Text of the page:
Mr. Fear is kinda of a tough one, one of the hand he is one of DD's more personal villains, having a grudge against Matt Murdock before knowing he was DD, which is the opposite of what most villains react towards to Matt and he is one of the major villains in Brubaker's run, but on the other hand, he may be seen as a Scarecrow rip off, even though I am pretty sure he used the fear gas gimmick before Scarecrow did, though that may not matter to the general public. He's not a truly shameless rip off, like Jester is, where Stan Lee ripped off the Joker and put him in a DD comic.

You can also do something something the Marvel movies have done, take the basics of a character and change everything else about them. For example, Ann Nocenti introduced the Wildboys in her run, a pair of street punks who caused trouble, you can expand that to an entire street gang named the Wildboys, a group that works at the bottom of the criminal food chain, being the ones who actually sell the drugs on the street for example.

I kinda like Bushwacker and Mr. Hyde, but they may be tricky to do on TV budget, though I do like the story where Matt has to defend Mr. Hyde for one particular crime he didn't commit.

There are also tons of stories where DD does just fights normal criminals, his origin story involves him going after a mid level gangster named the Fixer who murdered his dad, there was an interesting story from the Miller era where Punisher was targeting a mid level drug lord who Matt represented in court, which was an interesting contrast on those characters viewed the justice system and the story where DD fought 100 Yakuza members was really good.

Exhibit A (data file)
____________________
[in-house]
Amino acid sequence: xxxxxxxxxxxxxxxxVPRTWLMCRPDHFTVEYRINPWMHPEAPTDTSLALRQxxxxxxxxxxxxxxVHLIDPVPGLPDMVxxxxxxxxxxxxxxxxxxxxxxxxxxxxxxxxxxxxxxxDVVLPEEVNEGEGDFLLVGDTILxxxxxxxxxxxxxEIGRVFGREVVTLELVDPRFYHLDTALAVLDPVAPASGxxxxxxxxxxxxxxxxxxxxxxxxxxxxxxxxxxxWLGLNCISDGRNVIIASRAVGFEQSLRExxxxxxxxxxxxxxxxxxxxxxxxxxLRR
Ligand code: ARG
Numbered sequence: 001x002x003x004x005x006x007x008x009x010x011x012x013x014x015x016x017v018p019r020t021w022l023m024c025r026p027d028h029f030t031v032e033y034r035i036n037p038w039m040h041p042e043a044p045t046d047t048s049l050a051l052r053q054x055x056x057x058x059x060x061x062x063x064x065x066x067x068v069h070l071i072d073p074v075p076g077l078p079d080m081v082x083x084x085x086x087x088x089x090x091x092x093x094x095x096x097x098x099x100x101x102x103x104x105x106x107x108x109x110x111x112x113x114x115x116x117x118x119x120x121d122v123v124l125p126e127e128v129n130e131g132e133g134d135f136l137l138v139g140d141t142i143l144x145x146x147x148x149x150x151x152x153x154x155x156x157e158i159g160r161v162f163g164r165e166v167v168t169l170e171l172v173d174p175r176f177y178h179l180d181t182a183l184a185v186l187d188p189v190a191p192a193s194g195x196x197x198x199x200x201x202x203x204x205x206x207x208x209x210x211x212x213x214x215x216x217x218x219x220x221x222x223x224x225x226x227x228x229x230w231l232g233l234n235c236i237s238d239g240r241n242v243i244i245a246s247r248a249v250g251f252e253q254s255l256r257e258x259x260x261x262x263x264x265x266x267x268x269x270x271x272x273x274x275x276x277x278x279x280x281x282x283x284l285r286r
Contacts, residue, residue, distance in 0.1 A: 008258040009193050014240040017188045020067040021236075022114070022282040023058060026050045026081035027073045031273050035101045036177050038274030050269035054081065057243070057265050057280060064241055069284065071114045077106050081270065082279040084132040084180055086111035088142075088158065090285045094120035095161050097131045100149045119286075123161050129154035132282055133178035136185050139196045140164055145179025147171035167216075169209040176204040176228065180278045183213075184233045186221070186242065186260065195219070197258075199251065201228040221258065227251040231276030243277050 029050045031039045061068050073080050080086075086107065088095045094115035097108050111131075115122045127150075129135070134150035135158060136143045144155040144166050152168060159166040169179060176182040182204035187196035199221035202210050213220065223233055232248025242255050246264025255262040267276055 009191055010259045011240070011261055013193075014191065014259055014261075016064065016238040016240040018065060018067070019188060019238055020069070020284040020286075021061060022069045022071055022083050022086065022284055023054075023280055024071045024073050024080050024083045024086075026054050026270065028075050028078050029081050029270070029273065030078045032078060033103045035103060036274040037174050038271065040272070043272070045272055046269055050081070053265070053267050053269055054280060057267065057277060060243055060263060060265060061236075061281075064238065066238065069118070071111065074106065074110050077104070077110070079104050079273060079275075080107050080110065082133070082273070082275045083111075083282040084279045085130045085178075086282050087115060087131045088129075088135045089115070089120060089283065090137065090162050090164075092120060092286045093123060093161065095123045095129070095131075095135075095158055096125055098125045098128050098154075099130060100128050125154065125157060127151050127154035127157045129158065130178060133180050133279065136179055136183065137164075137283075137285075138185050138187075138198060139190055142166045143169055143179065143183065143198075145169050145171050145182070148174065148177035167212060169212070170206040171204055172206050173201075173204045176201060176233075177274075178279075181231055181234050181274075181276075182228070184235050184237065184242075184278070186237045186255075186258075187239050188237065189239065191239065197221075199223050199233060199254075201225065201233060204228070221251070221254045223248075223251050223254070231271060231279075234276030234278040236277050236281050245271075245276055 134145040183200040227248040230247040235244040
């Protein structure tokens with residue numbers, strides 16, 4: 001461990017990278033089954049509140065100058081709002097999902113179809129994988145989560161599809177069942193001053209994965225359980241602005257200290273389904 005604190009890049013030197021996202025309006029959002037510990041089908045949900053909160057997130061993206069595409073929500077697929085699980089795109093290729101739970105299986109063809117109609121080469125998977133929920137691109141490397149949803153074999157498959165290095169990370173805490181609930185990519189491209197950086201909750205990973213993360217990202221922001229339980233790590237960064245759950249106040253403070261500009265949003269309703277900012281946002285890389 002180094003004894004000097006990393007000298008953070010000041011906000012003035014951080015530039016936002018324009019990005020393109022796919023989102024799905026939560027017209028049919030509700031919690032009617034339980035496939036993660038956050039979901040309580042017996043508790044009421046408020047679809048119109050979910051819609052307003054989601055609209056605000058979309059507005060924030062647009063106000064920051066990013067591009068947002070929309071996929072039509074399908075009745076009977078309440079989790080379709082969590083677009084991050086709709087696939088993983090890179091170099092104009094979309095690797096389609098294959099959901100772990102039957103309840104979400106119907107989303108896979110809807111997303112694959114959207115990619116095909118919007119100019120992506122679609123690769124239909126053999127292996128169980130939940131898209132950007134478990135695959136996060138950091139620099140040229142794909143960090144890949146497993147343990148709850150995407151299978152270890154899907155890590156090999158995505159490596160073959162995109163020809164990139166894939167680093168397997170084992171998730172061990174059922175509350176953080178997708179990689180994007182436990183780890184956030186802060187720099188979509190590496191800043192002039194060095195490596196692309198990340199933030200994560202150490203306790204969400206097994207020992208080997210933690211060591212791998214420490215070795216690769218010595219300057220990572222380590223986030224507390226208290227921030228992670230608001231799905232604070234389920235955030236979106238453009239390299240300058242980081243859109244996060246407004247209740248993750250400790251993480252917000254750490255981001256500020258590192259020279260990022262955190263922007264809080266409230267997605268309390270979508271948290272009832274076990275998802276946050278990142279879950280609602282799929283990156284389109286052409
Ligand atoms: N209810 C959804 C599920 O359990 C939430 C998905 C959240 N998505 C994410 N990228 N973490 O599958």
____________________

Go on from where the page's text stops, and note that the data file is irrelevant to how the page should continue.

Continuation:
Really DD is the kind character, where you can tell great stories of him fighting super villains or just regular criminals, you could tell some interesting stories with some of DD's B-list villains, but the only one who I think is a must have is Gladiator.
 

Zombipanda

My Boom-Boom's mostly gay
I do think it'd work better and allow for a more realistic and gritty approach by airing on a cable network, but with Disney owning Marvel if it were to happen it'd likely air on a Disney owned channel, most likely ABC since that's one of the major networks and would get the most viewers. It could air on a different ABC owned cable station, but the only one I can think of off the top of my head is ABC Family, and it certainly wouldn't fit the pastiche of that network's shows. However, a 9 or 10pm airing time on ABC itself could work well for it, and allow for the slightly more adult atmosphere the show would require if done right. It'd also be smart to air it following Agents of SHIELD to give ABC presumed ownership of male viewers 18-49 (their beloved demographic) on its airing night, a Marvel block, if you will.

;) Does anyone in the younger half of that demographic even watch TV on networks anymore?

DIrishB said:
But it'd also be smart to go with the major network not only because of the higher ratings/viewership, but the budget allotted by the studio. Given Marvel's track record at the box office, in addition to Agents of SHIELD's likely massive ratings and connected high ad revenue earnings (we'll know for sure in a month and a half, and cross the T's and dot the I's come May next year to measure viewer drop off over the course of the season), I'd bet ABC would be happy to pony up a considerable budget to bring another Marvel property to the small screen.

I'm not sure you're right about budget restraints being looser, on average, for network television as opposed to cable TV. The cable networks that produce original programming tend to spring for high production and talent (see Breaking Bad, The Walking Dead, Mad Men, Nip/Tuck, The Shield, Sons of Anarchy), while networks tend to focus more on lower budget procedurals and reality shows. There was a bubble of continuity-heavy big budget episodic series following the success of Lost and while they do undertake a couple of those projects a year, they're clearly a risky venture. It's easier to keep an audience with a series where you can jump into an episode without prior knowledge and without having missed the last week's ep. Granted, ABC's gambling on SHIELD and if it's a success, they could definitely be looking to more Marvel properties as possible home runs with built-in audiences. But you're absolutely right. As much as I'd like to see a Daredevil series on FX or AMC or even HBO, there's slim to none chance Disney would give it a chance anywhere but on ABC.

DIrishB said: